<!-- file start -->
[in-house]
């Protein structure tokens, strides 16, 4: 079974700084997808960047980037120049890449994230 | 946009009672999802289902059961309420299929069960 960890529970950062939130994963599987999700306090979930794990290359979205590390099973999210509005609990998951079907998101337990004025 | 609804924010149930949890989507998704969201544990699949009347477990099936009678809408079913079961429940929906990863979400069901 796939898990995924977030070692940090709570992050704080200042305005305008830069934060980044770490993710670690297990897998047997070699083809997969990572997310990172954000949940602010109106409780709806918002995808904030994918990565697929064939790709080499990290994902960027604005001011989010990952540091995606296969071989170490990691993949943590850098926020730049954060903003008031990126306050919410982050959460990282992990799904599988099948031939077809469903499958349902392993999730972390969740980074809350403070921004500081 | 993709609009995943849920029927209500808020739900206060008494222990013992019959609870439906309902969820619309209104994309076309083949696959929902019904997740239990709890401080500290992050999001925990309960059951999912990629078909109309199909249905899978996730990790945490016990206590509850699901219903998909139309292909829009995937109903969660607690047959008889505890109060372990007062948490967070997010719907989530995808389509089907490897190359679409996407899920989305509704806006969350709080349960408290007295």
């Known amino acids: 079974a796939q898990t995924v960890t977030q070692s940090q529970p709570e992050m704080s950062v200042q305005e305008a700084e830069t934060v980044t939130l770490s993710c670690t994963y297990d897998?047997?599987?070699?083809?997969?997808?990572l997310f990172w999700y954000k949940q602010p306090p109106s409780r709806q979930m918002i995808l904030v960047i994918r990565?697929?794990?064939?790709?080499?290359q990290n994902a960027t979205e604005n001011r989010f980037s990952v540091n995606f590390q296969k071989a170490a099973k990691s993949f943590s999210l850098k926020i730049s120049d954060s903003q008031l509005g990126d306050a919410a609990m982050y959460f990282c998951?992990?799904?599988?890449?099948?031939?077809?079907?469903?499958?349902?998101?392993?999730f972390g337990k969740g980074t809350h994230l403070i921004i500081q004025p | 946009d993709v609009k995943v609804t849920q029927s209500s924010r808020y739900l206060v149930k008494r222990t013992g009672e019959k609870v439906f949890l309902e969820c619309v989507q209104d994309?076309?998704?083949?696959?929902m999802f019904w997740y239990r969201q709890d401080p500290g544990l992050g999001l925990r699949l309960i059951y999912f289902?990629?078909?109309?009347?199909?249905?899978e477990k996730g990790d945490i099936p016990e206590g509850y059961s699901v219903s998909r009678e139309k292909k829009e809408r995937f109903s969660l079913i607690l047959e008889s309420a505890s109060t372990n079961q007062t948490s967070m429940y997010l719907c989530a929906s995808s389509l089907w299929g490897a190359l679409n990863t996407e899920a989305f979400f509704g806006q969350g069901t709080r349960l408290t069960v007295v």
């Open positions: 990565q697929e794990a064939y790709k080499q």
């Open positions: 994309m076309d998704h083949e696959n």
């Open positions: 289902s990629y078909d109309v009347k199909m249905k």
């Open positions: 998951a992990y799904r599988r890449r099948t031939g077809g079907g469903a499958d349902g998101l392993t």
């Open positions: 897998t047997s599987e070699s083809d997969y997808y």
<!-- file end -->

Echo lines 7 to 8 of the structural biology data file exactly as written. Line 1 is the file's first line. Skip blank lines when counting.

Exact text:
């Open positions: 998951a992990y799904r599988r890449r099948t031939g077809g079907g469903a499958d349902g998101l392993t």
């Open positions: 897998t047997s599987e070699s083809d997969y997808y």